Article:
Global cloud traffic to increase more than fourfold to 2017 – Cisco

18 Oct 2013

Global cloud traffic is expected to grow 4.5-fold – a 35pc combined annual growth rate (CAGR) – from 1.2 zettabytes of annual traffic in 2012 to 5.3 zettabytes by 2017, the third annual Cisco Global Cloud Index (2012-2017) suggests.

Global cloud traffic is the fastest-growing component of data-centre traffic, according to Cisco.

The Cisco Global Cloud Index predicts the following regions will have the highest cloud traffic growth rate between 2012-2017:

  • The Middle East and Africa (57pc CAGR)
  • Asia-Pacific (43pc CAGR)
  • Central and Eastern Europe (36pc CAGR)

Overall, global data-centre traffic will grow threefold and reach a total of 7.7 zettabytes annually by 2017, the Cisco Global Cloud Index (2012 – 2017) reveals.

A zettabyte is 1bn terabytes, and 7.7 zettabytes is equivalent to 107trn hours of streaming music, or about 1.5 years of continuous music streaming for the world’s population in 2017.

Drivers of this traffic include storage, production and development data in a virtualised environment, which will largely drive 76pc of data-centre traffic that will stay within the data centre itself, according to the index.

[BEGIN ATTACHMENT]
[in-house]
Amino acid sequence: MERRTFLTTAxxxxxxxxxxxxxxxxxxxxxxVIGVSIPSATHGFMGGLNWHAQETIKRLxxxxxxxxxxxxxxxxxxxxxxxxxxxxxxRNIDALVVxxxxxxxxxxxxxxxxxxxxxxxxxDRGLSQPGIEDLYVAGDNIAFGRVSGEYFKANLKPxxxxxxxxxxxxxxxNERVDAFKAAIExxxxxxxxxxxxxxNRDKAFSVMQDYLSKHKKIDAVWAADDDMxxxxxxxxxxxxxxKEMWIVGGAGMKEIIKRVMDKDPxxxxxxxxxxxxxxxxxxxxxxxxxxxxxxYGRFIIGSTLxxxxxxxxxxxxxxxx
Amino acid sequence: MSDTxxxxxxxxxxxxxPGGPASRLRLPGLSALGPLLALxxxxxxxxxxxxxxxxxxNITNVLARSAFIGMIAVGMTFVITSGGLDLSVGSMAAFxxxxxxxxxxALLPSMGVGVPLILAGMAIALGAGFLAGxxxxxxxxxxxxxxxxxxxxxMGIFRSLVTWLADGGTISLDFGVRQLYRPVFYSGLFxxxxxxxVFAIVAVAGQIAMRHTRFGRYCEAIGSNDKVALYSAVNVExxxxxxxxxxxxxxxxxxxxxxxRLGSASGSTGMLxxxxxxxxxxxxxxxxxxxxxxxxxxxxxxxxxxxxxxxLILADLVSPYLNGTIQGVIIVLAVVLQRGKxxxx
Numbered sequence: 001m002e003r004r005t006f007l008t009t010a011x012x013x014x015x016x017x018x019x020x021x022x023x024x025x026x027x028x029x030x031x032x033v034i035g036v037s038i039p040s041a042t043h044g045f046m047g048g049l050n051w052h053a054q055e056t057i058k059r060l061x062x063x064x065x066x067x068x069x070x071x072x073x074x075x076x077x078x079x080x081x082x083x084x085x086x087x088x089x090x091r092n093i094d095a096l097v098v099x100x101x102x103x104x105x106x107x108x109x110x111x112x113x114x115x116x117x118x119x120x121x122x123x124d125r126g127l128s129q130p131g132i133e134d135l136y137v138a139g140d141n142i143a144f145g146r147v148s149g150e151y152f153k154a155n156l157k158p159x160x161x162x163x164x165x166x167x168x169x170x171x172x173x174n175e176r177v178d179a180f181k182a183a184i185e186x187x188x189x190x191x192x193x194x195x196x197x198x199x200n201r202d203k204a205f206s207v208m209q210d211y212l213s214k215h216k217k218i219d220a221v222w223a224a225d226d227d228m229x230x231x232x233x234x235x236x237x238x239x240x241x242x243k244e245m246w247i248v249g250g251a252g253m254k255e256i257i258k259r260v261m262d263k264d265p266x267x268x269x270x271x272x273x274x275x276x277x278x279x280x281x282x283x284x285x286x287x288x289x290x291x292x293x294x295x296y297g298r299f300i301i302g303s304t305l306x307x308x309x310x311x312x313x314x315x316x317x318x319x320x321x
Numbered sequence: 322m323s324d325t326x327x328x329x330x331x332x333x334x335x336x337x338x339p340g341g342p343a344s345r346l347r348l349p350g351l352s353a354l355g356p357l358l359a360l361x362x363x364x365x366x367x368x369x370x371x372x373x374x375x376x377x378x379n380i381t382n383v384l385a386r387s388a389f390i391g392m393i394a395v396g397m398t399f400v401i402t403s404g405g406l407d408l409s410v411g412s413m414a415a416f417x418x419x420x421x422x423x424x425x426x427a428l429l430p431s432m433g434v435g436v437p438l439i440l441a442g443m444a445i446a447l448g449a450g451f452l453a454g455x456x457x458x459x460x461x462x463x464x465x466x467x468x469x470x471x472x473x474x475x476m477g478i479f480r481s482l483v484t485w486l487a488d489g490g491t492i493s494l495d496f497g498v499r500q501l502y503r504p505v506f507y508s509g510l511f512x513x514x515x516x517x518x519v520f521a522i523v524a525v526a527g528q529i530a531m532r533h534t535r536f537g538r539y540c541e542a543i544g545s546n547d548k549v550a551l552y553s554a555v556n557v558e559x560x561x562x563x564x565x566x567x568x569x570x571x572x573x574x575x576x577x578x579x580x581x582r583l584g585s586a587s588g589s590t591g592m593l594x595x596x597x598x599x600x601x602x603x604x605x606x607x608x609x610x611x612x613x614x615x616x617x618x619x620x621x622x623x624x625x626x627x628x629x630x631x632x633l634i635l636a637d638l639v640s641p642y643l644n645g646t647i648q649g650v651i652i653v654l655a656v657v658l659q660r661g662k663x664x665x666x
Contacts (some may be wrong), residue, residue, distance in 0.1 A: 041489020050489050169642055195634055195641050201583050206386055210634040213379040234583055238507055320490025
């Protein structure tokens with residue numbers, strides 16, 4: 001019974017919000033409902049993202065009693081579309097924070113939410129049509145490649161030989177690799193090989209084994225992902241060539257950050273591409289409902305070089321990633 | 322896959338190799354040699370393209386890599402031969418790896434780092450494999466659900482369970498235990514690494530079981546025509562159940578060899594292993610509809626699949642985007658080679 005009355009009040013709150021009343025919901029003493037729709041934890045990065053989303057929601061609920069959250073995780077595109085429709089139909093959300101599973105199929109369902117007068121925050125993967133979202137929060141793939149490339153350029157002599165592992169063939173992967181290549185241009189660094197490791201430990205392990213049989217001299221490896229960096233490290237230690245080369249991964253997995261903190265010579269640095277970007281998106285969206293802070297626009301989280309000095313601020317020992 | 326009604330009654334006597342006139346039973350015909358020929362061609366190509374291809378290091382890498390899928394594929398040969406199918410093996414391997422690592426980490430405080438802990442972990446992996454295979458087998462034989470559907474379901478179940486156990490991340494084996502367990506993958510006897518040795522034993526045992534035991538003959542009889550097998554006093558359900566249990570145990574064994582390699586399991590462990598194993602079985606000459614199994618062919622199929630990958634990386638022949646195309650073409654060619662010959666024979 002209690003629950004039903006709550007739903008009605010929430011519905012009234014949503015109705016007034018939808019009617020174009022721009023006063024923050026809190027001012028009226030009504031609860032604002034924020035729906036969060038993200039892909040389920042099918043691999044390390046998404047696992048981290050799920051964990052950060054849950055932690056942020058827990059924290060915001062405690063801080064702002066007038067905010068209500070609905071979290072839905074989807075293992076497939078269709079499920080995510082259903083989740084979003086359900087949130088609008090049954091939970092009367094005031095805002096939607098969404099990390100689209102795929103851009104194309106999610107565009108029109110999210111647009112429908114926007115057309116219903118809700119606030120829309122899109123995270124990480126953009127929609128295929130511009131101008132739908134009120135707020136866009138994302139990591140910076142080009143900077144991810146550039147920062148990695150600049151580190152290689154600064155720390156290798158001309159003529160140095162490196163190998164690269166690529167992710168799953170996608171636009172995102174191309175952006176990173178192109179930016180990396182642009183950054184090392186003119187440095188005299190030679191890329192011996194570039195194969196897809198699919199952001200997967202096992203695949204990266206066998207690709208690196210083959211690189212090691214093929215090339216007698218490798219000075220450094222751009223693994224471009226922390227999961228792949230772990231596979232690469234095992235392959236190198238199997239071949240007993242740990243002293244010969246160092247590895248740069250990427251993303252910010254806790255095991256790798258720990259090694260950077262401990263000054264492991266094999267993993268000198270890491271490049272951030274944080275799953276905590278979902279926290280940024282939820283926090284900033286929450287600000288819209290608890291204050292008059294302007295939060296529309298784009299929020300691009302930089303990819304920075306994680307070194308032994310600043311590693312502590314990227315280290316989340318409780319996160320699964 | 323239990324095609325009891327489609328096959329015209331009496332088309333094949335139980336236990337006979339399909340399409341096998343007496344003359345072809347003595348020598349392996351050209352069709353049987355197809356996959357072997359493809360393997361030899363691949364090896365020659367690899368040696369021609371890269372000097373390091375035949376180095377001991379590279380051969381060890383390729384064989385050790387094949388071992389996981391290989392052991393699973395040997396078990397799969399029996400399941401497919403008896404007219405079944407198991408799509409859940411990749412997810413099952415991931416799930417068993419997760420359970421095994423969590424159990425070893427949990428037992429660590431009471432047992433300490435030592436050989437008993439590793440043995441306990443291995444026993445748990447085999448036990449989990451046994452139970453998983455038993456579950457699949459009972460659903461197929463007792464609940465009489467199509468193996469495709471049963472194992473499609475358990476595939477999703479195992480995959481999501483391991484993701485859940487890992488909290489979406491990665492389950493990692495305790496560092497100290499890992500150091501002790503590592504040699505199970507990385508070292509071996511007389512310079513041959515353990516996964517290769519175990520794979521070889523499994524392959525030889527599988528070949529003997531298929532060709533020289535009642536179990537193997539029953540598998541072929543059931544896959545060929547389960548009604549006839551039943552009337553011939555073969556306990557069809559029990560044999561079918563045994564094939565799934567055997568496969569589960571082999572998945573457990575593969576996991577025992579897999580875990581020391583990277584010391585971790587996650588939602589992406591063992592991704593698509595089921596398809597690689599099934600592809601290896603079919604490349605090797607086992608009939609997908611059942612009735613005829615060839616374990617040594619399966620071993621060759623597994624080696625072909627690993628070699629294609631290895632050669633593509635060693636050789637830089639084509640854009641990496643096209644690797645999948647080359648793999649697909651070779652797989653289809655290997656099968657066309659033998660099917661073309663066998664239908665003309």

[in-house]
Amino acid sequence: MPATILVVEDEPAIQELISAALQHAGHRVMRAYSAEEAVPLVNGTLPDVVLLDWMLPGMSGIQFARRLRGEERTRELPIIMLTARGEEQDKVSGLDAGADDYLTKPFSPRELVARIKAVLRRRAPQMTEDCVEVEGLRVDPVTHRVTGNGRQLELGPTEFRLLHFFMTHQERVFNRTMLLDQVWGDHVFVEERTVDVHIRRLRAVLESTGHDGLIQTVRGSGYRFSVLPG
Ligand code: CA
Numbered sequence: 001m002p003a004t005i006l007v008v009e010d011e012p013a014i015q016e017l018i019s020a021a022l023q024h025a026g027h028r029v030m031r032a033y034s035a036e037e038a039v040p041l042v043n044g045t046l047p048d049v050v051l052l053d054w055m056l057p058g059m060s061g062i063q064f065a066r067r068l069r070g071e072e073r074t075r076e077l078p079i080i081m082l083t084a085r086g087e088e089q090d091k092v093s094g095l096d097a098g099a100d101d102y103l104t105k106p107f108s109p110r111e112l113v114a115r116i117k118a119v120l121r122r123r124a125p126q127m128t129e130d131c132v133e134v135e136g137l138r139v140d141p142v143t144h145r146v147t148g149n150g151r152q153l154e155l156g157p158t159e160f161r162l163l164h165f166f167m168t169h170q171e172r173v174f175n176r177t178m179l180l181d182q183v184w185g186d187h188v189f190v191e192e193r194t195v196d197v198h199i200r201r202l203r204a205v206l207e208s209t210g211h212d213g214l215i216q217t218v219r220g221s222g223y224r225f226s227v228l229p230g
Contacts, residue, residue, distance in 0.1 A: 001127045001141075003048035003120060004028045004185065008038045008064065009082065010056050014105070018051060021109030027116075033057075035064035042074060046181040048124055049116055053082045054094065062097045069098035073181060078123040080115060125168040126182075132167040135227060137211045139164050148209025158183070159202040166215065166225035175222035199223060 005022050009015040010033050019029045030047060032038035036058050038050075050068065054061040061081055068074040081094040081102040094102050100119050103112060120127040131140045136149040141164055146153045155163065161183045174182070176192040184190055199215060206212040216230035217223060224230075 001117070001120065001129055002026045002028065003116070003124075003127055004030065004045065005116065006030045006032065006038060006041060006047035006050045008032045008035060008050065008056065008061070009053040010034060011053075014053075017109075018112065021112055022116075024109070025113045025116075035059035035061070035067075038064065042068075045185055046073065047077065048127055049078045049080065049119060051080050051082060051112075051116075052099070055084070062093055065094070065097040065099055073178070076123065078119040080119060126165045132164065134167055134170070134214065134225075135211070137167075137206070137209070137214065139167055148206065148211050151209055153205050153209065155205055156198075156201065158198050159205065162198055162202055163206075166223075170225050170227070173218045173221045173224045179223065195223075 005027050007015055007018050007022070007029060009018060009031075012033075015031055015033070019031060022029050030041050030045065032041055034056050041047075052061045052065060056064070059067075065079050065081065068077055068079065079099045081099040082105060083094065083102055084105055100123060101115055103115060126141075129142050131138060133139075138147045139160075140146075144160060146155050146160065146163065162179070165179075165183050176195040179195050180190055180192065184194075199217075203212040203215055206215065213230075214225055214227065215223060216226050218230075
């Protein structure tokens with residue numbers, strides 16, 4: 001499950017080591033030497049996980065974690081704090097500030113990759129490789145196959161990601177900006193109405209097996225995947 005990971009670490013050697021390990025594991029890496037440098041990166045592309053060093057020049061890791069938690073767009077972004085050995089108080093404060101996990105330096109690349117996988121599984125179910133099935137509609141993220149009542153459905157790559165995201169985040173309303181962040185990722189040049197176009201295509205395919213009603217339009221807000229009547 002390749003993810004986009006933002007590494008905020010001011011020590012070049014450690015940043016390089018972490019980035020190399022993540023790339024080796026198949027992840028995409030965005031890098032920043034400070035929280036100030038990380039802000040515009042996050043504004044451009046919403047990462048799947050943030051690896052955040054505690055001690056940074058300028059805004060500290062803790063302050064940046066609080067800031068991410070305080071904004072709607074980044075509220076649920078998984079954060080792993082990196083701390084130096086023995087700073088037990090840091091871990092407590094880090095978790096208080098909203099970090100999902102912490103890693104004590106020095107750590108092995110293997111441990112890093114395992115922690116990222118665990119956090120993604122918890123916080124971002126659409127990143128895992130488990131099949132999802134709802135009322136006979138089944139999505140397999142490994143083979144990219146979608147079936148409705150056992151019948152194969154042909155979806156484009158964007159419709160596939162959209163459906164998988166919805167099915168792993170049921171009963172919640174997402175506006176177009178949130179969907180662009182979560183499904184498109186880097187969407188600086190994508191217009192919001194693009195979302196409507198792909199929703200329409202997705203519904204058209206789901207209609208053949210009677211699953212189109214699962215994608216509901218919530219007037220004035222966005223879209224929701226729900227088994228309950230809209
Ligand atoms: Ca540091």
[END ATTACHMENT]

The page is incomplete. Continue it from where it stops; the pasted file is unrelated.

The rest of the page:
End users are behind 17pc of data-centre traffic, as they access clouds for web surfing, video streaming, collaboration and connected devices.

The index also forecasts that 7pc of data-centre traffic will be generated between data centres, primarily driven by data replication and software/system updates.

“People all over the world continue to demand the ability to access personal, business and entertainment content anywhere on any device, and each transaction in a virtualised, cloud environment can cause cascading effects on the network,” said Doug Merritt, senior vice-president, Product and Solutions Marketing, Cisco.

“Because of this continuing trend, we are seeing huge increases in the amount of cloud traffic within, between and beyond data centres over the next four years.”

Global data centre image via Shutterstock

Tina Costanza was a journalist and sub-editor at Silicon Republic